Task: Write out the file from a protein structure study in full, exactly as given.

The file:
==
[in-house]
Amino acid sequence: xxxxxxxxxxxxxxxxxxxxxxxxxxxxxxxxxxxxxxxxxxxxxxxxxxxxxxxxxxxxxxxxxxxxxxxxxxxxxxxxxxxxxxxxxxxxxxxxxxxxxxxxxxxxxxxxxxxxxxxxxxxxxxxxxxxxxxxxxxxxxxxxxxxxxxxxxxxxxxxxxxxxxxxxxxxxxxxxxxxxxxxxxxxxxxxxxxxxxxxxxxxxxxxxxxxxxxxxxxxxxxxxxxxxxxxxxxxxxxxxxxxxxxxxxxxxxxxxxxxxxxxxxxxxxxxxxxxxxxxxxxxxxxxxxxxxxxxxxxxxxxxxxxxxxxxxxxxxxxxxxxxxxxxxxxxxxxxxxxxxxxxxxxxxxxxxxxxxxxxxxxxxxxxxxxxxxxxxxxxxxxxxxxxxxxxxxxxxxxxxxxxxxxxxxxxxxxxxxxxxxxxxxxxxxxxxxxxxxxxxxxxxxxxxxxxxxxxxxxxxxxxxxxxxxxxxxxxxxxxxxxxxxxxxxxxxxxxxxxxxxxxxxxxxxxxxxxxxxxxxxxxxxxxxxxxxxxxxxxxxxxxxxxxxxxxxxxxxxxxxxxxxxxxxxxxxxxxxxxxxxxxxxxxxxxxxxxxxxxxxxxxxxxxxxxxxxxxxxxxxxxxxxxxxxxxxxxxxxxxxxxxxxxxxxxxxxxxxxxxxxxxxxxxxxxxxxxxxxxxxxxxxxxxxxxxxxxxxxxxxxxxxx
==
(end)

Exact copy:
[in-house]
Amino acid sequence: xxxxxxxxxxxxxxxxxxxxxxxxxxxxxxxxxxxxxxxxxxxxxxxxxxxxxxxxxxxxxxxxxxxxxxxxxxxxxxxxxxxxxxxxxxxxxxxxxxxxxxxxxxxxxxxxxxxxxxxxxxxxxxxxxxxxxxxxxxxxxxxxxxxxxxxxxxxxxxxxxxxxxxxxxxxxxxxxxxxxxxxxxxxxxxxxxxxxxxxxxxxxxxxxxxxxxxxxxxxxxxxxxxxxxxxxxxxxxxxxxxxxxxxxxxxxxxxxxxxxxxxxxxxxxxxxxxxxxxxxxxxxxxxxxxxxxxxxxxxxxxxxxxxxxxxxxxxxxxxxxxxxxxxxxxxxxxxxxxxxxxxxxxxxxxxxxxxxxxxxxxxxxxxxxxxxxxxxxxxxxxxxxxxxxxxxxxxxxxxxxxxxxxxxxxxxxxxxxxxxxxxxxxxxxxxxxxxxxxxxxxxxxxxxxxxxxxxxxxxxxxxxxxxxxxxxxxxxxxxxxxxxxxxxxxxxxxxxxxxxxxxxxxxxxxxxxxxxxxxxxxxxxxxxxxxxxxxxxxxxxxxxxxxxxxxxxxxxxxxxxxxxxxxxxxxxxxxxxxxxxxxxxxxxxxxxxxxxxxxxxxxxxxxxxxxxxxxxxxxxxxxxxxxxxxxxxxxxxxxxxxxxxxxxxxxxxxxxxxxxxxxxxxxxxxxxxxxxxxxxxxxxxxxxxxxxxxxxxxxxxxxxx